Patients’ Comments
At 5 years after PRK, two patients were unsatisfied with their regression of myopia (patients 1 and 14 in Table 1 , SE −1.00 and −1.25 D, ages 39 and 27, respectively), but neither of them preferred an operation to enhance visual acuity. One patient with a pigmentary glaucoma in the operated eye had ptosis as well (Table 1 , patient 3). In addition, one unsatisfied patient complained about glare and shadows in the temporal field still 5.5 years after surgery (Table 1 , patient 9). 
In Vivo Confocal Microscopy
Corneal Morphology.
Cell morphology was evaluated from the central cornea of control subjects and patients. The surface and basal epithelium were similar in both groups. 
Subbasal Nerves.
Subbasal nerves were observed in every control and post-PRK cornea. In control corneas the number of the long SNFBs in the field of view ranged from 3 to 6 (mean, 4.9 ± 1.1), being slightly higher than in the surgically treated corneas (range, 1–7; mean, 4.2 ± 2.1, P = 0.562, Mann-Whitney). There was also a wider range of SNFBs in the post-PRK corneas, of which five (36%) had only one or two long nerve fiber bundles. Normal corneas showed with a typical pattern of subbasal nerve branching (Fig. 1A) , whereas in the post-PRK corneas 10 (71%) of 14 showed similar branching. In control corneas, the nerve plexus was detected anterior to the nonreflecting, 14-μm-thick (range, 10–21) Bowman’s layer, which separated the nerve plexus from the anterior keratocytes. After PRK, however, the SNFBs appeared in the same optical section with the most anterior keratocytes (Fig. 1B 1C 2B) resulting in a high reflective zone. In all patients, Bowman’s layer was absent.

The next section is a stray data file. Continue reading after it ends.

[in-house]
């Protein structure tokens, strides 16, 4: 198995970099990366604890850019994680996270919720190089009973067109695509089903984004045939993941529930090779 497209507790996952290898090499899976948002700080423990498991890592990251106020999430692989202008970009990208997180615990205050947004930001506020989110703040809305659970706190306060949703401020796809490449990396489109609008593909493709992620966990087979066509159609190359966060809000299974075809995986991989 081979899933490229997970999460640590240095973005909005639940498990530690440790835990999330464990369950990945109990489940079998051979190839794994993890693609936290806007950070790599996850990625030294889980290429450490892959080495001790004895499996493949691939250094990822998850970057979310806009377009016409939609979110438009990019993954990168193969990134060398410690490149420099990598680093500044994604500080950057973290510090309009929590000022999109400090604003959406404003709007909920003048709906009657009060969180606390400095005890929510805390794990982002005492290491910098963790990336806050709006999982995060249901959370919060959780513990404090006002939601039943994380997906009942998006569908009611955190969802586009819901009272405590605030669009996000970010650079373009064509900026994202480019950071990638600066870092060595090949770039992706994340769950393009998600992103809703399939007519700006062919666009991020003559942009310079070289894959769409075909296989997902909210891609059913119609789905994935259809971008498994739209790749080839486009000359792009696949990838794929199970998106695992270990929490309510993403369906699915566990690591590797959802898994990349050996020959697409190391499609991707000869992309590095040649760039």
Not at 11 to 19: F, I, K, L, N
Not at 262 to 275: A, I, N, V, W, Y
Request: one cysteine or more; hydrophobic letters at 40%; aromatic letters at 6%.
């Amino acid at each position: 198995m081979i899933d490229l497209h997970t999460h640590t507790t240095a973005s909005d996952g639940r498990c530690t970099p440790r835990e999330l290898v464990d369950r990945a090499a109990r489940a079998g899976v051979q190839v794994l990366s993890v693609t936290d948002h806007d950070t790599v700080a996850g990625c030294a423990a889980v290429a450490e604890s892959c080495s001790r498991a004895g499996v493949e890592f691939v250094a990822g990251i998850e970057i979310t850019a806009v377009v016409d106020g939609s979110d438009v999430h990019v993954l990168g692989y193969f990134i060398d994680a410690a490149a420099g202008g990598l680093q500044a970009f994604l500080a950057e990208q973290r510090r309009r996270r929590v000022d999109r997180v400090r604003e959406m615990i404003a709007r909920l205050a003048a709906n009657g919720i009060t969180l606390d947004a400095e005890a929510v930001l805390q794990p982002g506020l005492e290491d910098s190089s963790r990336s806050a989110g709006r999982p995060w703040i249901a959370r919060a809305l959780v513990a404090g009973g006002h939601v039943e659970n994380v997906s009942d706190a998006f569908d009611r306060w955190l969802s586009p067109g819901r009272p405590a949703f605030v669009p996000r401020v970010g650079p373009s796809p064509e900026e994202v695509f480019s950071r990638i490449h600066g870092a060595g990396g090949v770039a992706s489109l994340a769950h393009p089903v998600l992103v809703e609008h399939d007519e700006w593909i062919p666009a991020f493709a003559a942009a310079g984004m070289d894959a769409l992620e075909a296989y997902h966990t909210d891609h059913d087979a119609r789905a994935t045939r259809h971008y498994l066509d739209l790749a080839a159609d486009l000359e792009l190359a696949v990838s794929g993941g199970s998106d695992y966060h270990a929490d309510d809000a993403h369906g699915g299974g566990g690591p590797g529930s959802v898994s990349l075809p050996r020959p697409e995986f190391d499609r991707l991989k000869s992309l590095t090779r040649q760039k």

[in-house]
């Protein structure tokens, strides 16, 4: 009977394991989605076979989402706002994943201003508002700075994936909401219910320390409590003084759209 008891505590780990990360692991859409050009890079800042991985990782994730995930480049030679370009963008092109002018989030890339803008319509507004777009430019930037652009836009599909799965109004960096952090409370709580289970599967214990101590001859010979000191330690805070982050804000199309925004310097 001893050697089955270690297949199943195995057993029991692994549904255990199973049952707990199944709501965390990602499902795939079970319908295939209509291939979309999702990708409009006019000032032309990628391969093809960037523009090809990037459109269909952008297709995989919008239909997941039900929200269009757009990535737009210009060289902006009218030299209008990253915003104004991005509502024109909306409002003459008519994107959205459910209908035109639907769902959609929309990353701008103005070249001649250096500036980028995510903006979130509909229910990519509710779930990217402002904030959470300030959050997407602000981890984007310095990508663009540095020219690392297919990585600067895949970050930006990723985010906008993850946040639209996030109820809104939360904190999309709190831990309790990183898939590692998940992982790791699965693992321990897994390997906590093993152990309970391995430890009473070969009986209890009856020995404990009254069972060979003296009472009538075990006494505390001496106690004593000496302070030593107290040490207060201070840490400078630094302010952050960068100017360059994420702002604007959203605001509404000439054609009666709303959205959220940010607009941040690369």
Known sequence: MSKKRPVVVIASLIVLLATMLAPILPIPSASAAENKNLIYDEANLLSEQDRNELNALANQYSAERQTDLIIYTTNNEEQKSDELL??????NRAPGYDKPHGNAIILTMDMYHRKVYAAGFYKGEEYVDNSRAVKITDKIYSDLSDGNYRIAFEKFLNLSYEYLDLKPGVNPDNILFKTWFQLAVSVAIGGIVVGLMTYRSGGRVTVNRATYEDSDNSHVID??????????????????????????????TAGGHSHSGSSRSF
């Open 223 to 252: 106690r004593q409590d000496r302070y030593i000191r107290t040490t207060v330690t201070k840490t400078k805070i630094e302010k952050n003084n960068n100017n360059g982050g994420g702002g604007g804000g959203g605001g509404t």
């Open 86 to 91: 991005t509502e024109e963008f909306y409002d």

Stromal Cells.
Control corneas showed a typical clustering of anterior keratocytes. Their evenly reflected nuclei were oval-shaped and were well separated from the surrounding cells, because cell processes were not visualized and the extracellular space reflected only minimally. 
In the surgical corneas, the most anterior keratocytes appeared to be unevenly distributed, and even clinically clear corneas still showed signs of opacity: increased fibrosis-like ECM reflectivity, bright keratocyte nuclei (Fig. 2B) , and visible keratocyte processes. Subtle morphologic alterations (i.e., thin, faint keratocyte processes) in the post-PRK keratocytes were also visualized posterior to the area with enhanced ECM reflectivity (Fig. 2F) . Compared with control corneas, however, these changes were so subtle that they could not be considered to differ significantly from the control (Fig. 2E)
The posterior stromal keratocytes, ECM, and endothelium appeared morphologically identical with the control corneas, except one post-PRK cornea that showed microdots in both the anterior and posterior stroma (results not shown) and three postoperative corneas with posterior stromal microdots (Fig. 2H , arrows). Another two post-PRK corneas showed anterior microdots (depth 80 and 110 μm, respectively). At this stage the significance of these particles remains unclear.